Community Development Practice Hub

Community Development Practice Hub

The Community Development Practice Hub is a resource for people and organisations who ‘work with’ people in Birmingham so they can take collective action to make changes to things that are important to them and their communities. 

We aim to connect, inspire and upskill community development practitioners across Birmingham.

Come join us on this exciting journey, as we collaborate with the sector to offer a tailored approach with a focus on Birmingham-specific learning, challenges, and achievements.  

Reflective Practice is a modern term for assessing your own thoughts and actions, and is based on ancient methods of self-improvement. It is an adaptable process that you can tailor to suit your needs, and is often used for learning and personal development.

It is a set of ideas with accessible frameworks that can be used alongside many other concepts for learning, personal development, and self-improvement. For many people it is a natural and intuitive process.

Reflective Practice has many advantages. It is a really useful process for community development practitioners, as it offers time to look around, think about, reflect on and analyse your work and the actions of those you work with in communities. It helps when building and maintaining positive relationships, as reflection supports the development of emotional intelligence, particularly if you reflect on feelings, reactions and behaviours. Reflective Practice can also help reduce emotional bias.

“the capacity to reflect on action so as to engage in a process of continuous learning..." Donald Schon

The Benefits

Reflective Practice enables:

  • Future personal growth
  • You to assess how you think and feel about yourself and current situations
  • You to assess how you think and feel about yourself and situations in the past

Why should you reflect?

Reflective Practice is a valuable tool for:

  • Continuing Professional development
  • Managing Conflict
  • Improving your relationships
  • Using insights and learning from your past
  • Assessing where you are now
  • Improving emotional intelligence 
  • Mediation
  • Stress-reduction and management
  • Managing change
  • Improving your present and future performance at work
  • Self-motivation

Models of Reflection

There are numerous models that can help add structure to the process of reflection. If new to the concept, try using the Simple Model which offers a simple and memorable and very flexible process for using Reflective Practice.  The Simple or ‘What Model’ model was developed by John Driscoll in the mid-1990s. Driscoll based his model of the ‘3 What's’ on the key questions asked by Terry Borton in the 1970s.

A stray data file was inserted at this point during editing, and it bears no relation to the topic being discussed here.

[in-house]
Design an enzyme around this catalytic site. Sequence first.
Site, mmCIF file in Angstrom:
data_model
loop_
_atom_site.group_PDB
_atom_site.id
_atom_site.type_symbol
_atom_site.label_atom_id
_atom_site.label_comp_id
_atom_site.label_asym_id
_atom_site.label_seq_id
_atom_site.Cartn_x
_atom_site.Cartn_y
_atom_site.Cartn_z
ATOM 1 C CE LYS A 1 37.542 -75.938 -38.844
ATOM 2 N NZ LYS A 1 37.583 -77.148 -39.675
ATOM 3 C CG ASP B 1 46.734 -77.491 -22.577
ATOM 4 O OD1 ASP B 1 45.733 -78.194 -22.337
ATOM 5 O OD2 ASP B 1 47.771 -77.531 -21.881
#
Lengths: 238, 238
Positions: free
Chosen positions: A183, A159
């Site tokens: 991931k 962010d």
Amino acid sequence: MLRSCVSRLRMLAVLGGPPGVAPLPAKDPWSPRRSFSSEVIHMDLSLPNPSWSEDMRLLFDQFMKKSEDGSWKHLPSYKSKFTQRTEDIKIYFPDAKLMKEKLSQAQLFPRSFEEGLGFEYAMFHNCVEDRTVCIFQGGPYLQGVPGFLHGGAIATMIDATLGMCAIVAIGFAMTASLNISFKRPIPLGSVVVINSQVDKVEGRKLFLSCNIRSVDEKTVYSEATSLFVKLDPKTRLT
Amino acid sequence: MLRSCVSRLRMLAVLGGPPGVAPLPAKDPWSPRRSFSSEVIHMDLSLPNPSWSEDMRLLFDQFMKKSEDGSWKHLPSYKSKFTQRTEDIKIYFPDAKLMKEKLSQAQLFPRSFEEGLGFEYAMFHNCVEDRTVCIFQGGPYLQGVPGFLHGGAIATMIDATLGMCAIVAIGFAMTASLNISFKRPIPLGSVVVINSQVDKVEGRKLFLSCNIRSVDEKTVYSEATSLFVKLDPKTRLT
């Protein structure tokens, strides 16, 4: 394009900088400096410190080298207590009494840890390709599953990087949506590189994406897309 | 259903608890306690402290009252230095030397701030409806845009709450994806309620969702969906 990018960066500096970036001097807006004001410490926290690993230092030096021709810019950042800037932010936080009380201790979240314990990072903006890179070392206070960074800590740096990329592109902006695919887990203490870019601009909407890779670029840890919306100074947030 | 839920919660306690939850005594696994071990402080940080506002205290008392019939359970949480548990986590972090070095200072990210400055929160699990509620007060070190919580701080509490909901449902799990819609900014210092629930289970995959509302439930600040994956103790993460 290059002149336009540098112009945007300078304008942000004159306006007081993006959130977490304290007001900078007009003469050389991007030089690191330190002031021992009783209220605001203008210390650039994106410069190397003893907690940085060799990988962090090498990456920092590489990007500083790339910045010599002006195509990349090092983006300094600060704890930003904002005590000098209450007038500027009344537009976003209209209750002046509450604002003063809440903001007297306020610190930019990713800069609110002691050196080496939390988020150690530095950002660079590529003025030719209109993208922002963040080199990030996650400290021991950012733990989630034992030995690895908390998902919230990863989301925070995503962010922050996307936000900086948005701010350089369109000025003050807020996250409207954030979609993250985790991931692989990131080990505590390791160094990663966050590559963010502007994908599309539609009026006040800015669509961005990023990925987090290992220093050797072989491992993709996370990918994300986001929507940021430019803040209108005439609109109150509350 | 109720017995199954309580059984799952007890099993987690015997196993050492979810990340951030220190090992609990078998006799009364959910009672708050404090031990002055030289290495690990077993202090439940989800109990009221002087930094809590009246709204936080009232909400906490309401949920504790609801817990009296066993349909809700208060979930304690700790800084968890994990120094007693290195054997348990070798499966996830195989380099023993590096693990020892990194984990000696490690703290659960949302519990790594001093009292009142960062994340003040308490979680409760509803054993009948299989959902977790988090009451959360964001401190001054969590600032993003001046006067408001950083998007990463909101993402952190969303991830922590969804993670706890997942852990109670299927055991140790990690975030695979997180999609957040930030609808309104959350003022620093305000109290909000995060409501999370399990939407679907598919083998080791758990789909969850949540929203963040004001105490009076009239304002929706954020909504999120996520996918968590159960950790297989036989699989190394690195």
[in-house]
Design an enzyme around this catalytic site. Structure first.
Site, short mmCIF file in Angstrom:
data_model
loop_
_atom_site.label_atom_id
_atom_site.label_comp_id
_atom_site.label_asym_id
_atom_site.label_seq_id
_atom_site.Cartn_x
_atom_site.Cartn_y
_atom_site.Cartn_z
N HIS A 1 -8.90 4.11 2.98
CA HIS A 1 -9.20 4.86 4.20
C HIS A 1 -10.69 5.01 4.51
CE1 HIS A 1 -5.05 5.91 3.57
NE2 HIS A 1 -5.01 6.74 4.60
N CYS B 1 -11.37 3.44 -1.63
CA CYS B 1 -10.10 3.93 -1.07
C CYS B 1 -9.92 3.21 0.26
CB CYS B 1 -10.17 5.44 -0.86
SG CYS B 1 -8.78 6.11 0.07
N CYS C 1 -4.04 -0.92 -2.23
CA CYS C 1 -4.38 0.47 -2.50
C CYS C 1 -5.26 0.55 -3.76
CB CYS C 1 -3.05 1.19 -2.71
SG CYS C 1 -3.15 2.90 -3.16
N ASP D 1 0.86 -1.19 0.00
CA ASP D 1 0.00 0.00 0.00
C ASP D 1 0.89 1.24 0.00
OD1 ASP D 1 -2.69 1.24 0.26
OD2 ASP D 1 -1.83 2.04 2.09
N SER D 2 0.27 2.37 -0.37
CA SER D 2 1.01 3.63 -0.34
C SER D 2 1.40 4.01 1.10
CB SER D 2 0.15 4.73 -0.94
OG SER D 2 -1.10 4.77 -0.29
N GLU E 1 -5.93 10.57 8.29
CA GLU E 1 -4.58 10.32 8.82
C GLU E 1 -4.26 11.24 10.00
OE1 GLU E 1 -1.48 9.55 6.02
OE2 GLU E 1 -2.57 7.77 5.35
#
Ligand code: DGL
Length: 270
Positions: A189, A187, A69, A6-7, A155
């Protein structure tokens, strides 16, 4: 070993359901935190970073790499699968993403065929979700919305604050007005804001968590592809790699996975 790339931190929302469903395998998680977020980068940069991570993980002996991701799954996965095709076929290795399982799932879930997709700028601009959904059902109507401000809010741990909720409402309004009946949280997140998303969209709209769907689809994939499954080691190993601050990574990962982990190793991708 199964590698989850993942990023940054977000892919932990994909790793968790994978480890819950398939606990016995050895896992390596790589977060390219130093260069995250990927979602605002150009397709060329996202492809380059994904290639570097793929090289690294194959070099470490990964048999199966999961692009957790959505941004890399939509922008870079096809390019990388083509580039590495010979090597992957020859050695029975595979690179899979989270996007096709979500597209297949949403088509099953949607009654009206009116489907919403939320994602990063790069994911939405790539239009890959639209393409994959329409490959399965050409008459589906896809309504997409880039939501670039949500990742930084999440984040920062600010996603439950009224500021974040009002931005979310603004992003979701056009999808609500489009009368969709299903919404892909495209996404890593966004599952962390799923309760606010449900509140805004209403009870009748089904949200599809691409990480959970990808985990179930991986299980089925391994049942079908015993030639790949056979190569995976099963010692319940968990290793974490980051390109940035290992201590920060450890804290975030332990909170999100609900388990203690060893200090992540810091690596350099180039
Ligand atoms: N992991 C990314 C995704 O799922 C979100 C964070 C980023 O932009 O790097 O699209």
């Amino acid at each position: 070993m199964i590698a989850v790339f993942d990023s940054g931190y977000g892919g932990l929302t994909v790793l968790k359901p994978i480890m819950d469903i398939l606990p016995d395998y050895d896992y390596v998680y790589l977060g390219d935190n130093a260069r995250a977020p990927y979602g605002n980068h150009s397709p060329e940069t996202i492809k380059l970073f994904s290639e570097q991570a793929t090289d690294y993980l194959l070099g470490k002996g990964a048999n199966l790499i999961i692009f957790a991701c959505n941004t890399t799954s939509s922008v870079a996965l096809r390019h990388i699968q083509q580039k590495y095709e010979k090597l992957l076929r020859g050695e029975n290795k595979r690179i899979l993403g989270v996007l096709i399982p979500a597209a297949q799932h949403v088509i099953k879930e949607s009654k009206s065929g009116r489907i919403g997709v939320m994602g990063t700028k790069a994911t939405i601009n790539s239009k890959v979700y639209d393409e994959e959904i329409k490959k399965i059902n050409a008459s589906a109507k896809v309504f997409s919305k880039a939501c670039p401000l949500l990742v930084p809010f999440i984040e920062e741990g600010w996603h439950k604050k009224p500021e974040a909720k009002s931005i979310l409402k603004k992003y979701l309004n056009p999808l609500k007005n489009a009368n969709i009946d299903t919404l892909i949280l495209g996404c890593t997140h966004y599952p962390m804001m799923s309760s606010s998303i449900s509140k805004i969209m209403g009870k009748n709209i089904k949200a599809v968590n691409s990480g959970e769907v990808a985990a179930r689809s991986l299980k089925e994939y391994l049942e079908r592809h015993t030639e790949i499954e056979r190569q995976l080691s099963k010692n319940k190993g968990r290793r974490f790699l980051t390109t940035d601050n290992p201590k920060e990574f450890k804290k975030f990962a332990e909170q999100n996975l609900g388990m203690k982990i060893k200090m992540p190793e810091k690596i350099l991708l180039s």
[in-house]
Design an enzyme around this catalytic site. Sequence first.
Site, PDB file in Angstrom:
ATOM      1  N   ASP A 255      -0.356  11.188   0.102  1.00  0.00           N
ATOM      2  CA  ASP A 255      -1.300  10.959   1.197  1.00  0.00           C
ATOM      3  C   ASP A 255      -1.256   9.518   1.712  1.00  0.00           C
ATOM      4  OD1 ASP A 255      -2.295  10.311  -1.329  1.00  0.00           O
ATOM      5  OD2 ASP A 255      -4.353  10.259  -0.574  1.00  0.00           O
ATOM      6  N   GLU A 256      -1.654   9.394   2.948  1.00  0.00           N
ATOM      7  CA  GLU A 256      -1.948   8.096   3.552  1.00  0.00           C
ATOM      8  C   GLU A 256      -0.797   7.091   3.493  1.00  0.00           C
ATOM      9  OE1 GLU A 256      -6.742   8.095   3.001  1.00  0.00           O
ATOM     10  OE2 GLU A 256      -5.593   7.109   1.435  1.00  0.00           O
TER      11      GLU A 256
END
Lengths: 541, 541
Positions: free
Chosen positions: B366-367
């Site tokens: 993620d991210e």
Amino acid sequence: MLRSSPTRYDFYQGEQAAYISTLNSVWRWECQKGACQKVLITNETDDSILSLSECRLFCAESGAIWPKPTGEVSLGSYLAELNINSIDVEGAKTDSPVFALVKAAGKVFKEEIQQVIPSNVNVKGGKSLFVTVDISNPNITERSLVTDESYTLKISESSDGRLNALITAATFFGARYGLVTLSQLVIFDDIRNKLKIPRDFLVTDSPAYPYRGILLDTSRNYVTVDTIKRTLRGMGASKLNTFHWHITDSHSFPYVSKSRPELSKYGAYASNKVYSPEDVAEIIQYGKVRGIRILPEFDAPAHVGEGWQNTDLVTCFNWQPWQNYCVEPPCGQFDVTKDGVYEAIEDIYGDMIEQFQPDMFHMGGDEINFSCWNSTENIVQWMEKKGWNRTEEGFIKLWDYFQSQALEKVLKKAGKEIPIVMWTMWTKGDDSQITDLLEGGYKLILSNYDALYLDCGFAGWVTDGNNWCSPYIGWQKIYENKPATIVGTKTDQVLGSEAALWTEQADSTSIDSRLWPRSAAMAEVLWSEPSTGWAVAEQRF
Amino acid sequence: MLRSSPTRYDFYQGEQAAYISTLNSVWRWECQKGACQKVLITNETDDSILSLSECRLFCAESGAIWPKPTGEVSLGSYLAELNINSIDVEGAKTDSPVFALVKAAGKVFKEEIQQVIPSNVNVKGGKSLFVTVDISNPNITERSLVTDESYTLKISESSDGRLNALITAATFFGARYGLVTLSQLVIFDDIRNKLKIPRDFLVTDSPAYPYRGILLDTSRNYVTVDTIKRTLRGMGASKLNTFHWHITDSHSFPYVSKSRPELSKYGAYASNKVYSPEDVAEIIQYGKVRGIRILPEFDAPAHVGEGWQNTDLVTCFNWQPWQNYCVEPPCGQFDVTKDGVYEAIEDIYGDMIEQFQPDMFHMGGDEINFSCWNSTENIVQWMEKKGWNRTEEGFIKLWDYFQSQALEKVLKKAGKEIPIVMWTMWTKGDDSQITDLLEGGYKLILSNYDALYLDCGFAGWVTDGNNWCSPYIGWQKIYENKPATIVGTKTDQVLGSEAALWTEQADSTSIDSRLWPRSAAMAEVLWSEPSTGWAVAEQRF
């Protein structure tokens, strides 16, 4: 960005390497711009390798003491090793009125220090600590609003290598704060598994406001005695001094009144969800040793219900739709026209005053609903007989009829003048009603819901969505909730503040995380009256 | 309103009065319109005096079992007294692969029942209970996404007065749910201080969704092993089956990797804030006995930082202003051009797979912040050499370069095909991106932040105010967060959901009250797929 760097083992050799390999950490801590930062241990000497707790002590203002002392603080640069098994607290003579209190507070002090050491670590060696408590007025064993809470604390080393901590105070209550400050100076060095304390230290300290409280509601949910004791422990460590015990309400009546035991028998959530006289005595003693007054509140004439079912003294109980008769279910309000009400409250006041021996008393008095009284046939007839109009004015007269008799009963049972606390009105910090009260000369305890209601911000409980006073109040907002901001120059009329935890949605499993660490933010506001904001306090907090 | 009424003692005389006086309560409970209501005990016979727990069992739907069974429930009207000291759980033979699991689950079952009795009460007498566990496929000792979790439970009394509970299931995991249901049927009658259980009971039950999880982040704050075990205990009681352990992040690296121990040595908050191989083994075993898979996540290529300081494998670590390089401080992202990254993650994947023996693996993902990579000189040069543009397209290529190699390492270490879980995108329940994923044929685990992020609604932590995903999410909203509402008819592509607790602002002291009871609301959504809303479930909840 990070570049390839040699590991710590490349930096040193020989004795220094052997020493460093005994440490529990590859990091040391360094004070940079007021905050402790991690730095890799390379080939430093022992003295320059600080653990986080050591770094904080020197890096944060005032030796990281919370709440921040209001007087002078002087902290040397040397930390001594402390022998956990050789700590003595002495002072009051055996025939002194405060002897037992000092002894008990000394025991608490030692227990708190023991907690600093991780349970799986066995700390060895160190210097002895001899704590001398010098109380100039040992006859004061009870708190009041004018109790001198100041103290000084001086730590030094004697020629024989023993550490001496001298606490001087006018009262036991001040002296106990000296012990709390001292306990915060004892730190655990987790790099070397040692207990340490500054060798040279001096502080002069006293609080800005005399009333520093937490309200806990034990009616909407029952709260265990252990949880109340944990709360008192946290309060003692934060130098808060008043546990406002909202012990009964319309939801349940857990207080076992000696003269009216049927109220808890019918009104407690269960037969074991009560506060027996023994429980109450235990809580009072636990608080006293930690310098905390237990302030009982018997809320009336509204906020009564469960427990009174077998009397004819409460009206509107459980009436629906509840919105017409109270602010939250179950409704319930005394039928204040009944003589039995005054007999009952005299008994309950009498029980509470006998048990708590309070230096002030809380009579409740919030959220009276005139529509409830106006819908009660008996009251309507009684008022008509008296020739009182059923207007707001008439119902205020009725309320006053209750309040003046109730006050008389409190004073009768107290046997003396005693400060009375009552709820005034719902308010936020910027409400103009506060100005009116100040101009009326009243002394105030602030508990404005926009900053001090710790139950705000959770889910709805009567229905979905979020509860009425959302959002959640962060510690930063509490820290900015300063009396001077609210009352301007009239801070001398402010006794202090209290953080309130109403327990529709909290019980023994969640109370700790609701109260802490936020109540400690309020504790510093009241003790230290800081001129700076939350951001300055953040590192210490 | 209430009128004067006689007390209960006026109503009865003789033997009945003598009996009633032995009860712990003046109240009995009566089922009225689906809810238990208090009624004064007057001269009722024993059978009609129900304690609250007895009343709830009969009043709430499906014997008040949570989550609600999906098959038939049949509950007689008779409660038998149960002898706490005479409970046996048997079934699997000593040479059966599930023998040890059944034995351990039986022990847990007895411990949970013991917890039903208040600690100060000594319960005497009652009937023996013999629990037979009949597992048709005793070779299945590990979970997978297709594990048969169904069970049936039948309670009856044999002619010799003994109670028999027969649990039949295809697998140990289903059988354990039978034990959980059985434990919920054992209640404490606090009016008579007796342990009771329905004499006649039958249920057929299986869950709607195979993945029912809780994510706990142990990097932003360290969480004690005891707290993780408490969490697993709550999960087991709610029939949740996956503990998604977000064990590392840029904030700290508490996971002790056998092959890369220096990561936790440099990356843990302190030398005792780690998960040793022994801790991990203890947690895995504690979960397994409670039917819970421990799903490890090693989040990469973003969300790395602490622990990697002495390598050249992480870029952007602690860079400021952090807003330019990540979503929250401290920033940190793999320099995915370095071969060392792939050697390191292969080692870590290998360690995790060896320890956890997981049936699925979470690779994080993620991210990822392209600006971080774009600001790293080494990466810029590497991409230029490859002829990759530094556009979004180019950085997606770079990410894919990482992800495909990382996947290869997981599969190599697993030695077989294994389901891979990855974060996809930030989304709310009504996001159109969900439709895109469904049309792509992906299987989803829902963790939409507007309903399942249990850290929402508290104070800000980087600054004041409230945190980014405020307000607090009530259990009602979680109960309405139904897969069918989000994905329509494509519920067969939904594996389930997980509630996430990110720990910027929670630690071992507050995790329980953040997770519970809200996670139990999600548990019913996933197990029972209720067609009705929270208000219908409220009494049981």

What? So what? Now what?

The Simple Model 

Another easy to use model is the 'Weather Model', developed by social work students and Siobhan Maclean in 2016. The model uses the weather as a metaphor for different elements of reflective practice.

The Weather Model

You could also google these other well known models, there are lots of free resources that will help you to apply them.

The REFLECT Model (Linda Lawrence-Wilkes)

Bloom’s Taxonomy (Benjamin Bloom)

Johns' Model (Christopher Johns)

Experiential Learning Cycle (David A. Kolb)

The Reflective Cycle Model (Graham Gibbs)

Reflection in Practice

Reflection is a process undertaken by you, for you. So, capturing reflections needs to work for you. You might keep a journal or diary, use post-it notes, sketch or doodle, make voice notes or videos on your phone. It about collecting and keeping useful evidence for you to look back on as needed, it’s not about generating massive amounts of materials.

Reflection offers to opportunity to be honest with yourselves, which can sometimes be uncomfortable. Don’t be put off, as being aware of why we do things the way we do, and get things wrong sometimes is key to improving practice.

Things to think about when recording:

  • Use a reflective model that works for you to structure your reflections
  • Record your thoughts when your are in relaxed state of mind
  • Try to record soon after an event/activity, but leave some time if a stressful/emotional situation
  • If writing, use a style that works for you. You could even use prose or poetry.
  • Anonymise if possible, and avoid negative and personal comments about other people
  • Don’t just record what happened, remember to evaluate the experience and draw conclusions
  • You can share and talk through with others if helpful

Making Time

Very few organisations offer staff or volunteers time for reflection, especially when pressure on services and demands on staff time is growing. You could discuss with your manager about taking some quiet time each week to reflect as a means to improve practice. However, encouraging yourself to develop a reflection routine is essential.

Schedule time into your day to reflect, and try using the different models to see what works best for you. It could be on public transport, when walking the dog, or in a quite space of your choosing. It could be towards the end of the day, first thing in the morning. Exactly when and how you reflect will depend on your circumstances.

There is no set way to reflect and you should adapt the models to suit your learning style, role and environment. Some people find time each week, while some put time aside daily. You don't need to spend a long time reflecting but try to make it a regular activity.

So, in summary, try to form a reflective habit!

A good resource for more in-depth learning is 
A Handbook of Reflective and Experiential Learning: Theory and Practice
Moon, Jennifer A. (2004)